The Department of Defense (DoD) — the federal government’s largest agency and the country’s largest employer — collects a nearly incalculable amount of data.
There’s business analytics and decision support data, acquisitions, logistics and financial transaction data, and operational data ranging from reimbursement rates associated with Army Ground vehicles to data for Joint All Domain Operations designed to give troops an advantage on the battlefield.
However, despite all these rich data sources, defense agencies haven’t been able to fully harness data as a core strategic asset. Part of the challenge is that many of the systems defense agencies use don’t have interoperable capabilities, but even when agencies modernize their systems and employ cloud-based applications, they must confront challenges with data complexity and an ever-growing volume of structured and unstructured data sources that must be cleaned up, properly formatted, and managed.
With the announcement of the DoD’s new data strategy last year, the agency is taking steps to evolve into a more data-driven organization. An essential part of its strategy is to make data more accessible, specifically to improve data access, sharing, and control through reusable application programming interface (APIs). To support greater system interoperability and digital modernization, defense agencies will need to consider an API-led approach to unlocking data within the DoD. Leveraging APIs can help defense agencies realize the DoD’s new vision for data.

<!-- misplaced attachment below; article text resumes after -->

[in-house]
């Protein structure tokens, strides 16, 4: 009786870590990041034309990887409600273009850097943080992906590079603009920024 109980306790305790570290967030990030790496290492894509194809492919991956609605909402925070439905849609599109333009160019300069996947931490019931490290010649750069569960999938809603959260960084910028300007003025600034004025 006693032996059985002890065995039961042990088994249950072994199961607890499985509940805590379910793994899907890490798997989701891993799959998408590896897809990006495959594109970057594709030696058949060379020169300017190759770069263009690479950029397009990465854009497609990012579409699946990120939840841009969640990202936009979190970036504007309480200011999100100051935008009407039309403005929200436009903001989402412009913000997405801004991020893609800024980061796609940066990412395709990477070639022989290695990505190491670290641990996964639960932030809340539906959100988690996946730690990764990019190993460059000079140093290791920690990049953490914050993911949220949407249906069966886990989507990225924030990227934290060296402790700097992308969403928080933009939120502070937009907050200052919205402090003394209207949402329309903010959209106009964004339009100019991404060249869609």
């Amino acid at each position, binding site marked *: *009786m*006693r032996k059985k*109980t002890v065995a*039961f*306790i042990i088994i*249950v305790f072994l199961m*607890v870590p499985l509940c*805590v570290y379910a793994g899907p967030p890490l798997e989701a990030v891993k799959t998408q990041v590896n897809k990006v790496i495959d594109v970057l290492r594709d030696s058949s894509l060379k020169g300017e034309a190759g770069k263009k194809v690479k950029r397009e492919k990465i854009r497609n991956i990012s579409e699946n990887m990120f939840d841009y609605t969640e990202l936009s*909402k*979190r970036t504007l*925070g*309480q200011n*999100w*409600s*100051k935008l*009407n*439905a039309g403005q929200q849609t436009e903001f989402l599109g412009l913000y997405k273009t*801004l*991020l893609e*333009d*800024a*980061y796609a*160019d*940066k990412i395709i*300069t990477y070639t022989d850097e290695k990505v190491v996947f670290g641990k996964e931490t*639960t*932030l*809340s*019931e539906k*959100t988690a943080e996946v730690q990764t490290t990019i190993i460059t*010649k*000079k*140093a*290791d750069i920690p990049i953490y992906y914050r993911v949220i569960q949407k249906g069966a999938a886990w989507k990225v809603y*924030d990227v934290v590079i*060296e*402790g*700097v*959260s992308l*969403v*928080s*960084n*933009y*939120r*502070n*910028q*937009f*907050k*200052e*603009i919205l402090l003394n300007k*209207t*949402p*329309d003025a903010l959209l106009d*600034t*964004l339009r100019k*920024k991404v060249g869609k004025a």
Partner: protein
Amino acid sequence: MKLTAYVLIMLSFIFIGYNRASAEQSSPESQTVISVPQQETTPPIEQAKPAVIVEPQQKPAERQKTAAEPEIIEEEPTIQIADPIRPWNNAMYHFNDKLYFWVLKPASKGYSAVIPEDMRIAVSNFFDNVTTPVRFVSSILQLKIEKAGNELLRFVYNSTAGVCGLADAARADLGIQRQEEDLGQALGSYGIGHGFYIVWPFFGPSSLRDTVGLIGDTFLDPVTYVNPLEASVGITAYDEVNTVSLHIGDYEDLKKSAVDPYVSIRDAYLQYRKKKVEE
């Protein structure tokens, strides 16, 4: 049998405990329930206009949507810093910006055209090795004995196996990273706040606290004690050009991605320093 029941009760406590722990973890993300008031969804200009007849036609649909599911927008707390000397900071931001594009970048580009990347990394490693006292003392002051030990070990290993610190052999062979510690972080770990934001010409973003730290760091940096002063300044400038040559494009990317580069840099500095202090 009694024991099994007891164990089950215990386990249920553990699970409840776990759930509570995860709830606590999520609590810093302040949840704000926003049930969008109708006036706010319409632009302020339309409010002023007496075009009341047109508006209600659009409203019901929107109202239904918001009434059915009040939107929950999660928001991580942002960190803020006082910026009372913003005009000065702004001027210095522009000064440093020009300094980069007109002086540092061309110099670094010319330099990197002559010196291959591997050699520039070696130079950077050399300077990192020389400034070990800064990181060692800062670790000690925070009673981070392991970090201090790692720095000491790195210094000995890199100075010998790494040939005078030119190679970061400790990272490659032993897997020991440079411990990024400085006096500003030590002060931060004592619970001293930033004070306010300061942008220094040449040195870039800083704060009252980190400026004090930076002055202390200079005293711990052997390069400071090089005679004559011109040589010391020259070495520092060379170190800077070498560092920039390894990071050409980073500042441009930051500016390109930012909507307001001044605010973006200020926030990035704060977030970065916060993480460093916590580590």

However, before your organization exposes its APIs, here are four key questions you need to consider first.
1. What critical challenges do we need to solve and how will exposing our APIs address them?
Defense agencies face a variety of data management and business process challenges. Data silos tend to be the norm. There’s not a common nomenclature for data across the enterprise, and it isn’t readily accessible or available in a timely manner to allow officials and defense personnel to make informed decisions that further each agency’s mission.
APIs effectively address all these challenges because they create an abstraction layer, so data consumers and data owners within and outside your organization can easily and securely access this information and connect it to other systems, applications, and data sources to access richer insights and achieve greater operational efficiency.
Before your agency considers an API-led integration strategy, you need to identify your core challenges and mission needs. For example, your agency may need access to real-time analytics to curb fraud, waste and abuse within your supply chain or may want to eliminate data sharing barriers with inter-agency partners.
Similar to any other technology procurement, your organization needs to map out its most critical priorities, assess the key benefits APIs offer — and understand what life cycle management of these technologies entail — to evaluate whether the operational benefits you’ll reap from opening up your data is worth the trade-off.
2. How do we deal with data complexity?
Traditional approaches to data clean-up and preparation are onerous, manual, and time-consuming, so your agency will benefit most from solutions that automate this process and that allow you to easily access structured and unstructured data stored in legacy systems like mainframes.
An API hybrid integration platform with mapping and transformation capabilities can help you tackle data complexity without introducing more risks or costs within your operations. You can use it to convert data across applications and systems into common formats to resolve issues with data accessibility. This is critical to translate data into insights you can use to gain more visibility into your operations and make forward-looking decisions.